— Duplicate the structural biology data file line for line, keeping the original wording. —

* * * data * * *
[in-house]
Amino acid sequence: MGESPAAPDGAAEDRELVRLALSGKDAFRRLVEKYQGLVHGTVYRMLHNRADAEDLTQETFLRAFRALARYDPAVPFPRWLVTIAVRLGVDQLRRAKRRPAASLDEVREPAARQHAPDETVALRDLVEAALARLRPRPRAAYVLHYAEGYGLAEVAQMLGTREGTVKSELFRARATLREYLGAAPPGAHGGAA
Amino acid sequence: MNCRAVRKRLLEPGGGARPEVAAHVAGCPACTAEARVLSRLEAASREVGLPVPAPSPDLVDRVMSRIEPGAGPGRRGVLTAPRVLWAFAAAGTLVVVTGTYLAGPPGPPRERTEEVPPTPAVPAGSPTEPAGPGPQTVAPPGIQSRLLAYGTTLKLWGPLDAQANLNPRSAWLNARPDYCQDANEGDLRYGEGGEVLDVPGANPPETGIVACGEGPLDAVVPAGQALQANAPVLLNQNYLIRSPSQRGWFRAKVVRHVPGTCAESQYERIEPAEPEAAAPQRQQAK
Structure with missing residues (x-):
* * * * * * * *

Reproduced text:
[in-house]
Amino acid sequence: MGESPAAPDGAAEDRELVRLALSGKDAFRRLVEKYQGLVHGTVYRMLHNRADAEDLTQETFLRAFRALARYDPAVPFPRWLVTIAVRLGVDQLRRAKRRPAASLDEVREPAARQHAPDETVALRDLVEAALARLRPRPRAAYVLHYAEGYGLAEVAQMLGTREGTVKSELFRARATLREYLGAAPPGAHGGAA
Amino acid sequence: MNCRAVRKRLLEPGGGARPEVAAHVAGCPACTAEARVLSRLEAASREVGLPVPAPSPDLVDRVMSRIEPGAGPGRRGVLTAPRVLWAFAAAGTLVVVTGTYLAGPPGPPRERTEEVPPTPAVPAGSPTEPAGPGPQTVAPPGIQSRLLAYGTTLKLWGPLDAQANLNPRSAWLNARPDYCQDANEGDLRYGEGGEVLDVPGANPPETGIVACGEGPLDAVVPAGQALQANAPVLLNQNYLIRSPSQRGWFRAKVVRHVPGTCAESQYERIEPAEPEAAAPQRQQAK
Structure with missing residues (x-):